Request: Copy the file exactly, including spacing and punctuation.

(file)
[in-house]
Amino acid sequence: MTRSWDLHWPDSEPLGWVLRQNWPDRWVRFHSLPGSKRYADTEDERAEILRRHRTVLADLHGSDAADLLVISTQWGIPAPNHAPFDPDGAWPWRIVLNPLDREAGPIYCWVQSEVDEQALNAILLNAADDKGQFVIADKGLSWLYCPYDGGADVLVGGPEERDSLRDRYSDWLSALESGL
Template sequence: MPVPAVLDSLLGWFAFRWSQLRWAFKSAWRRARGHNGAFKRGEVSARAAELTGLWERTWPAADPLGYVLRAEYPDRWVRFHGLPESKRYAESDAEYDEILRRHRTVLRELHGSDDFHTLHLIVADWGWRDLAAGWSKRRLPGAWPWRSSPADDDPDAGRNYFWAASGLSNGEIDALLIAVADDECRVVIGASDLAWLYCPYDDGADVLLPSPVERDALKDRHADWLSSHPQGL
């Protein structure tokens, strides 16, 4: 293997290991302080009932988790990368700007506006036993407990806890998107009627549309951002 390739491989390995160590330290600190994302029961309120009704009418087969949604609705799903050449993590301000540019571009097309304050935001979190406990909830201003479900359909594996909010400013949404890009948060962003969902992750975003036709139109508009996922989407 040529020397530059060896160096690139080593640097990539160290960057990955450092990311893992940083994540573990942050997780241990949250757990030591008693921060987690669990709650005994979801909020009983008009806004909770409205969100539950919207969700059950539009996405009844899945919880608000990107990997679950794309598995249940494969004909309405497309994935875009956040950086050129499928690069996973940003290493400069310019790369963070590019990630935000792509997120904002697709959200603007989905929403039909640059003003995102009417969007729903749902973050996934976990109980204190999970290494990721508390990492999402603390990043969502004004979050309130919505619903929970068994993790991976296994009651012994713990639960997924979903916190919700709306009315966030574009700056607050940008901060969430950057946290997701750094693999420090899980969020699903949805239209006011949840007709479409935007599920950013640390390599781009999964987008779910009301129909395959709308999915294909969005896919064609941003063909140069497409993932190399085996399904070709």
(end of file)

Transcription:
[in-house]
Amino acid sequence: MTRSWDLHWPDSEPLGWVLRQNWPDRWVRFHSLPGSKRYADTEDERAEILRRHRTVLADLHGSDAADLLVISTQWGIPAPNHAPFDPDGAWPWRIVLNPLDREAGPIYCWVQSEVDEQALNAILLNAADDKGQFVIADKGLSWLYCPYDGGADVLVGGPEERDSLRDRYSDWLSALESGL
Template sequence: MPVPAVLDSLLGWFAFRWSQLRWAFKSAWRRARGHNGAFKRGEVSARAAELTGLWERTWPAADPLGYVLRAEYPDRWVRFHGLPESKRYAESDAEYDEILRRHRTVLRELHGSDDFHTLHLIVADWGWRDLAAGWSKRRLPGAWPWRSSPADDDPDAGRNYFWAASGLSNGEIDALLIAVADDECRVVIGASDLAWLYCPYDDGADVLLPSPVERDALKDRHADWLSSHPQGL
């Protein structure tokens, strides 16, 4: 293997290991302080009932988790990368700007506006036993407990806890998107009627549309951002 390739491989390995160590330290600190994302029961309120009704009418087969949604609705799903050449993590301000540019571009097309304050935001979190406990909830201003479900359909594996909010400013949404890009948060962003969902992750975003036709139109508009996922989407 040529020397530059060896160096690139080593640097990539160290960057990955450092990311893992940083994540573990942050997780241990949250757990030591008693921060987690669990709650005994979801909020009983008009806004909770409205969100539950919207969700059950539009996405009844899945919880608000990107990997679950794309598995249940494969004909309405497309994935875009956040950086050129499928690069996973940003290493400069310019790369963070590019990630935000792509997120904002697709959200603007989905929403039909640059003003995102009417969007729903749902973050996934976990109980204190999970290494990721508390990492999402603390990043969502004004979050309130919505619903929970068994993790991976296994009651012994713990639960997924979903916190919700709306009315966030574009700056607050940008901060969430950057946290997701750094693999420090899980969020699903949805239209006011949840007709479409935007599920950013640390390599781009999964987008779910009301129909395959709308999915294909969005896919064609941003063909140069497409993932190399085996399904070709």